Collecting leachate from former dump site costs City of Kingston $1,500 per dayBy Bill Hutchins
|Ashort-term plan to control discharge of liquid waste from an old city garbage dump will cost taxpayers an estimated $1,500 a day. “It’s definitely expensive,” says Mirka Januszkiewicz, Kingston’s environmental director. But city officials maintain there is no safety hazard to people who live, work or plau in Belle Park, which is now home to a golf course, ski hill and a children’s summer camp. “Those activities will continue,” says Januszkiewicz in her first public comment on the matter. And so will a private prosecution. Environmentalist Janet Fletcher is pursuing a private charge under the Federal Fisheries Act. The charge alleges the former dump on Montreal Street is leaking thousands of gallons of “toxic” waste into the Cataraqui River. The pollution-related charge carries a maximum $1.2 million fine.
Metal barriers were installed to contain the discharge from north side of former dumpCity officials insist they were not aware of the leachate problem until alerted by Fletcher in January. And they maintain the clean-up operations that began in early March are “in no way connected to the private charge sworn against the city”.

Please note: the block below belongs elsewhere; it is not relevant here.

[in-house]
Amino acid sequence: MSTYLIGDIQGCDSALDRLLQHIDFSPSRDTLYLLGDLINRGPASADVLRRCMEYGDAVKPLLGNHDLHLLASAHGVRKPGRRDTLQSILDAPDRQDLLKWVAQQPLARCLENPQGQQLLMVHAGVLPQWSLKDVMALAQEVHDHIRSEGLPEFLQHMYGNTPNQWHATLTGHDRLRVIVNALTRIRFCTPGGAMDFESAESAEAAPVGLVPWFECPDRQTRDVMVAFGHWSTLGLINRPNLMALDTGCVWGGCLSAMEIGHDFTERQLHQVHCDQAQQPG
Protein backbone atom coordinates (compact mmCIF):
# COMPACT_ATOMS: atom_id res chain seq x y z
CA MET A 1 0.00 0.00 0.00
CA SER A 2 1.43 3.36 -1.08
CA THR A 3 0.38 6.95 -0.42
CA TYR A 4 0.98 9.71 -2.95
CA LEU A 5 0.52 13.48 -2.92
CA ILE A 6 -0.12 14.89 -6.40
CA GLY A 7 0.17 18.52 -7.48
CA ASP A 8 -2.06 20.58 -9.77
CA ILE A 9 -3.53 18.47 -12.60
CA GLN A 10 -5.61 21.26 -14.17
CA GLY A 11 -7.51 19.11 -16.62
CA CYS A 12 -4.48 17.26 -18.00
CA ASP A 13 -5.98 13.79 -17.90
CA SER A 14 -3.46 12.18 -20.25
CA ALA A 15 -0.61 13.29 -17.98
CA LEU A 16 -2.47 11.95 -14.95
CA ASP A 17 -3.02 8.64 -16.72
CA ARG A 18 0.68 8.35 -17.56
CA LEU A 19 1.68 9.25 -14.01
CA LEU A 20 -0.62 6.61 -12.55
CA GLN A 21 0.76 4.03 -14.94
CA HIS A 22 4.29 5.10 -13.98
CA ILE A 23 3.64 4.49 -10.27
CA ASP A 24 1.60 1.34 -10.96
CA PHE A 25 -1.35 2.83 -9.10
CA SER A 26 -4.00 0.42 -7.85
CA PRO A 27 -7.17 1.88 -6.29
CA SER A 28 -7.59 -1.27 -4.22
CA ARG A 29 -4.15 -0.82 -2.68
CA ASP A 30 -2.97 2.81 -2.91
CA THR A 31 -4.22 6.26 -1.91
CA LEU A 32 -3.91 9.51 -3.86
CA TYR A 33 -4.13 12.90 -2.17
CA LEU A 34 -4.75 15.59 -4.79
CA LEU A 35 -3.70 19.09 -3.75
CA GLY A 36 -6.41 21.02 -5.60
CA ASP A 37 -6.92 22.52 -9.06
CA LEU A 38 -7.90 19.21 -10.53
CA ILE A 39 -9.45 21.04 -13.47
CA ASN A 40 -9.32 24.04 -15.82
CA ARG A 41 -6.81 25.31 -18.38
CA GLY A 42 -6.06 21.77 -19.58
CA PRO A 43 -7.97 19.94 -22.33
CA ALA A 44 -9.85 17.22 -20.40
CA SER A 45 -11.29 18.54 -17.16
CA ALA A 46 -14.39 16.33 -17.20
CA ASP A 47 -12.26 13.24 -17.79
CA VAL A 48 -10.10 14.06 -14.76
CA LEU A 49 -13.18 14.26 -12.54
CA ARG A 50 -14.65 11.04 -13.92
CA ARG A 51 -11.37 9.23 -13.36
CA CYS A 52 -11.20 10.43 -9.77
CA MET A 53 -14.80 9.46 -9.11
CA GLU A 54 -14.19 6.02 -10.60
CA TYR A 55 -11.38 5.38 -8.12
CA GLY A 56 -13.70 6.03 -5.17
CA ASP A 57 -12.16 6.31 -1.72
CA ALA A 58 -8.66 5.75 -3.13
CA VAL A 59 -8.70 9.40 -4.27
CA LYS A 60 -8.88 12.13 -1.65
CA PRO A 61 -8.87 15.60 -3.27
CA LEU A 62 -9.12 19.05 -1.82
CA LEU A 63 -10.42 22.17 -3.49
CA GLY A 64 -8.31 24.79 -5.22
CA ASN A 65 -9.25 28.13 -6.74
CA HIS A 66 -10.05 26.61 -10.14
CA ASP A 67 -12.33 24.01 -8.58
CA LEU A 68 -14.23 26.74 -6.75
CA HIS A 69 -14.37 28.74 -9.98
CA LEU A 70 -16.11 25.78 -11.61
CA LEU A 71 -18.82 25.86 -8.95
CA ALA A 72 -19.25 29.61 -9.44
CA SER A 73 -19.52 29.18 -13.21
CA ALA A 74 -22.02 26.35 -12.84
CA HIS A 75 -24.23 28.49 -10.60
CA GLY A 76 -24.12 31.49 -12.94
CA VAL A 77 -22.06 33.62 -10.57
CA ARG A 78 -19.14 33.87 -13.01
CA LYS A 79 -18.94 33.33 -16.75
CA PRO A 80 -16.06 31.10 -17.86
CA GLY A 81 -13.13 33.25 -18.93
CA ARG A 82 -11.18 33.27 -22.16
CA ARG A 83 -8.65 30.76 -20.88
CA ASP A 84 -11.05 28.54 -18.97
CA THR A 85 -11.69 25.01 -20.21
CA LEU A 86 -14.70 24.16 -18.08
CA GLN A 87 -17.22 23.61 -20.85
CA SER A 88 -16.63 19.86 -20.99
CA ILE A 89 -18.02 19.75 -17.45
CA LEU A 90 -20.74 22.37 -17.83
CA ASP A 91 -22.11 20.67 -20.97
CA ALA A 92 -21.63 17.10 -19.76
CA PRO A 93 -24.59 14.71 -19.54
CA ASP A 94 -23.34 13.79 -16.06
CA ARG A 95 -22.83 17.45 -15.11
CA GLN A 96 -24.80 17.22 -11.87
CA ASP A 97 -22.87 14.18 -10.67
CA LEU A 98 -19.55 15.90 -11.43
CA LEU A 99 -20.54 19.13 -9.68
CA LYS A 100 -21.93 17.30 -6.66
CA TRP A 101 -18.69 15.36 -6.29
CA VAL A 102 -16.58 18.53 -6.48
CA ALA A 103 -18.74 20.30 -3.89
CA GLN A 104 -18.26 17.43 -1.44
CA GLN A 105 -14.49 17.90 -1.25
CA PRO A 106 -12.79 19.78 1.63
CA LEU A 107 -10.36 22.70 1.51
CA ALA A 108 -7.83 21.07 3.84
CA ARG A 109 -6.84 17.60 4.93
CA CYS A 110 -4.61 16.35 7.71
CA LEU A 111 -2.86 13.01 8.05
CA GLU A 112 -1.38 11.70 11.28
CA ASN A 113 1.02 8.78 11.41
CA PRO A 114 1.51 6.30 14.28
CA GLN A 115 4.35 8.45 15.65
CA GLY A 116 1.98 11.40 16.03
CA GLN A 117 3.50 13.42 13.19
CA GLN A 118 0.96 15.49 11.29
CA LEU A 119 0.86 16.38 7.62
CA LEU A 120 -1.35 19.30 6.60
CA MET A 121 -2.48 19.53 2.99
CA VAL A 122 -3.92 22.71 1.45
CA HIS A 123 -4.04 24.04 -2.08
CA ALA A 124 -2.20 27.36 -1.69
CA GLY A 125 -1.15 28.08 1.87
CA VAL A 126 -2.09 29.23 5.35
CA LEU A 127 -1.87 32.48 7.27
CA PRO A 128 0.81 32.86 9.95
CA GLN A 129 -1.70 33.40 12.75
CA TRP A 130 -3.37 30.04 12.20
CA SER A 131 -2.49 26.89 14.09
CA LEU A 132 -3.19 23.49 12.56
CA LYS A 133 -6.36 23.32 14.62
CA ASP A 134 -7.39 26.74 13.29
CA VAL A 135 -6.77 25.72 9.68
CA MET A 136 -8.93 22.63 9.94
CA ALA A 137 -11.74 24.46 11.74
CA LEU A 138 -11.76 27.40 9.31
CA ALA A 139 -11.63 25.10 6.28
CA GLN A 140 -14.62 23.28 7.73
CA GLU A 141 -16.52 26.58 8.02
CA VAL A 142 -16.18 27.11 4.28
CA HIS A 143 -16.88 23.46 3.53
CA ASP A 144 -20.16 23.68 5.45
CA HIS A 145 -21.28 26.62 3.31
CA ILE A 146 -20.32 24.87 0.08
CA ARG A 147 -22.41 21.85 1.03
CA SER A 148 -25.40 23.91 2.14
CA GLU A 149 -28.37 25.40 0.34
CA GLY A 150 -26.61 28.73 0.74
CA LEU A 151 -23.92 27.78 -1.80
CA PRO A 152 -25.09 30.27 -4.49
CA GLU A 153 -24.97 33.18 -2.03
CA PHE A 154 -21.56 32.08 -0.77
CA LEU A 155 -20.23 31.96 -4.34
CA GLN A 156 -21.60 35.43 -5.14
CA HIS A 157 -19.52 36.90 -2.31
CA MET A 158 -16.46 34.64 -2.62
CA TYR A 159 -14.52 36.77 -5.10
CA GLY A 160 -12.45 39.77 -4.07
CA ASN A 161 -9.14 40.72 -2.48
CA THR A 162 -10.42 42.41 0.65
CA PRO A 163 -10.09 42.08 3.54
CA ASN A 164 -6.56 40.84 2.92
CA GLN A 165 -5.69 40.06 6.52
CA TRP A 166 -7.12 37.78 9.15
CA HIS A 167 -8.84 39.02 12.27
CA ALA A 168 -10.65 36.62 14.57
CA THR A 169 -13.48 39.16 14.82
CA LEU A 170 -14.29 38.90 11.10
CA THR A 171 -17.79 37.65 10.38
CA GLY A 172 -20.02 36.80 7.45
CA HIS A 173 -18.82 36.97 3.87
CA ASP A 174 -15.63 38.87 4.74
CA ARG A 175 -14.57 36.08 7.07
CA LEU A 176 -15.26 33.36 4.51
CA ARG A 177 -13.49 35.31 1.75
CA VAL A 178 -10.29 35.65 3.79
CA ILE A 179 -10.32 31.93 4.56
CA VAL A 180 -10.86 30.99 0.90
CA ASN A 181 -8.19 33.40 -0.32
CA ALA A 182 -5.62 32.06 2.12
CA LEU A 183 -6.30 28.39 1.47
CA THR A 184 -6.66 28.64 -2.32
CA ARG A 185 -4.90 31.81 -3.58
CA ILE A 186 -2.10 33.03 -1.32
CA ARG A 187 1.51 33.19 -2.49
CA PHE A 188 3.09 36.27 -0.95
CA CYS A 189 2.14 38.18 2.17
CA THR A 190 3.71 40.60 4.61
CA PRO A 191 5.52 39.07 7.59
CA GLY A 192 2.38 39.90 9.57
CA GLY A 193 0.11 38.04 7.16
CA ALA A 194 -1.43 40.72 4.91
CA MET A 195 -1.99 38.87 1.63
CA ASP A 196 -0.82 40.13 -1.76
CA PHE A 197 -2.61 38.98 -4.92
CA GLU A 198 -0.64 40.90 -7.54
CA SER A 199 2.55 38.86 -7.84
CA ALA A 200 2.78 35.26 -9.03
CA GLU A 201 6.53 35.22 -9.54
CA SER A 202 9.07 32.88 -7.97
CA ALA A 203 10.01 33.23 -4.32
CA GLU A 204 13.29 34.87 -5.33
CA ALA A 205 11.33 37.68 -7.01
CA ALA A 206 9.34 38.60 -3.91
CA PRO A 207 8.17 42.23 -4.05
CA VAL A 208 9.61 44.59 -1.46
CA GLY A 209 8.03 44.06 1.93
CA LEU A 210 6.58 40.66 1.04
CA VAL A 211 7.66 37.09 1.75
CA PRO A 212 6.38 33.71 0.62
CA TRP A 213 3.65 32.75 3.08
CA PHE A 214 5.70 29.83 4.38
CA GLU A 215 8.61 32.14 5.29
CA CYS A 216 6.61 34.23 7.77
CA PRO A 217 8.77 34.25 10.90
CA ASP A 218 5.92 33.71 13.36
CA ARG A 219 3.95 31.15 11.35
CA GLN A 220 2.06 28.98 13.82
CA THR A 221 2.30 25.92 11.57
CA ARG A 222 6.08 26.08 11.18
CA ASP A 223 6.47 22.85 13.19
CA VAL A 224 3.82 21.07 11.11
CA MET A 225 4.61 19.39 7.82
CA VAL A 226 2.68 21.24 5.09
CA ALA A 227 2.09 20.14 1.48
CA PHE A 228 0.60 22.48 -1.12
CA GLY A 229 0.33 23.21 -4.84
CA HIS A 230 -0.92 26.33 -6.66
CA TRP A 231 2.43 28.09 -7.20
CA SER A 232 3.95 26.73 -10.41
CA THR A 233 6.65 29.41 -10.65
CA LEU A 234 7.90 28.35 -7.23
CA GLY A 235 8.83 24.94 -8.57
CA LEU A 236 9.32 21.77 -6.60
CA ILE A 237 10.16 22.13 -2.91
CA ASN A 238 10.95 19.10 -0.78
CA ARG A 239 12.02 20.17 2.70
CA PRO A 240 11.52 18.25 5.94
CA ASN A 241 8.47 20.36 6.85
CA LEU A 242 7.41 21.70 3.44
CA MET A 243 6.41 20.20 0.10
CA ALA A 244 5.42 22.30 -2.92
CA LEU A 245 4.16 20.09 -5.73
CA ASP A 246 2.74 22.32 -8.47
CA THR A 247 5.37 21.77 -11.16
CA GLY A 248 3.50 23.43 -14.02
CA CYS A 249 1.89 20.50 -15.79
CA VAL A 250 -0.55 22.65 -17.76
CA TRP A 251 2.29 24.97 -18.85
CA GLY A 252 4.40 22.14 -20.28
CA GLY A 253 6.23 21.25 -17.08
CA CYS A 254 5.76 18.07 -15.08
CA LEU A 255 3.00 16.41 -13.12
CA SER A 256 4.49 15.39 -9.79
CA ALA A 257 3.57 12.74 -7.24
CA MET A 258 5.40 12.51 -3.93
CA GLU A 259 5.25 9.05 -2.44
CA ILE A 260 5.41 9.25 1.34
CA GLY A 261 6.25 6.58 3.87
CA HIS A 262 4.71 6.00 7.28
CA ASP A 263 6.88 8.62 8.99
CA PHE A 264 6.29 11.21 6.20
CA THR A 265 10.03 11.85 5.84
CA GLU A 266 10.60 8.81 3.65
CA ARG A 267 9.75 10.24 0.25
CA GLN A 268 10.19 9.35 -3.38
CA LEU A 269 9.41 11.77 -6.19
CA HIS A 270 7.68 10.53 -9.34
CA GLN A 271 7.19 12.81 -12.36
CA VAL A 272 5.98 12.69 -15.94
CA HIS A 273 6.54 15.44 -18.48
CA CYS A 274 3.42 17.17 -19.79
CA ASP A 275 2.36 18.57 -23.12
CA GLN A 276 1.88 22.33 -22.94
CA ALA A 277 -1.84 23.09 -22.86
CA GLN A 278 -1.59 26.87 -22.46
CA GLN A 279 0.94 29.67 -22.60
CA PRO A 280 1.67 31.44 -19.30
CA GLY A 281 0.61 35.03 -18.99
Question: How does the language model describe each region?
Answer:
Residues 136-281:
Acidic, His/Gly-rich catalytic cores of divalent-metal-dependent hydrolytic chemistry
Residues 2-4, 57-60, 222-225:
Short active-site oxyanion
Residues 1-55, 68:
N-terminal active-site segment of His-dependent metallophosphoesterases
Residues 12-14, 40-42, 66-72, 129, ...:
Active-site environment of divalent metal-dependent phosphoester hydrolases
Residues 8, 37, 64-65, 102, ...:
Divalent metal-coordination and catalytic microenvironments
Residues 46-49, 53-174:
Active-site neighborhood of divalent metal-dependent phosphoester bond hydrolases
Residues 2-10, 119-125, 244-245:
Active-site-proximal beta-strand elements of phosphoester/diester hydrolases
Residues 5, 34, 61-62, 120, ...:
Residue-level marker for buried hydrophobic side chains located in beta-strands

Site monitored continuously
The city has hired a local consulting firm, Malroz Engineering, to monitor the site “continuously” until long-term solutions can be developed, says Januszkiewicz. Engineers have installed metal barriers to contain the discharge of leachate from a river bank on the north side of the former dump.
Januszkiewicz does not know how many truck loads of leachate are being diverted into the sewer system each day, but says melting snow has created “a lot of run off.” She estimates the consultants will charge the city $1,500 a day for the stop-gap measure. We are now developing a more permanent solution with our consultants,” she explains.
But environmental lawyer Mark Mattson, who is assisting Fletcher’s court challenge, says the city has neglected the dump site for too long. “It’s ironic that they’re still working on a long-term plan of a site that’s been closed for 27 years.”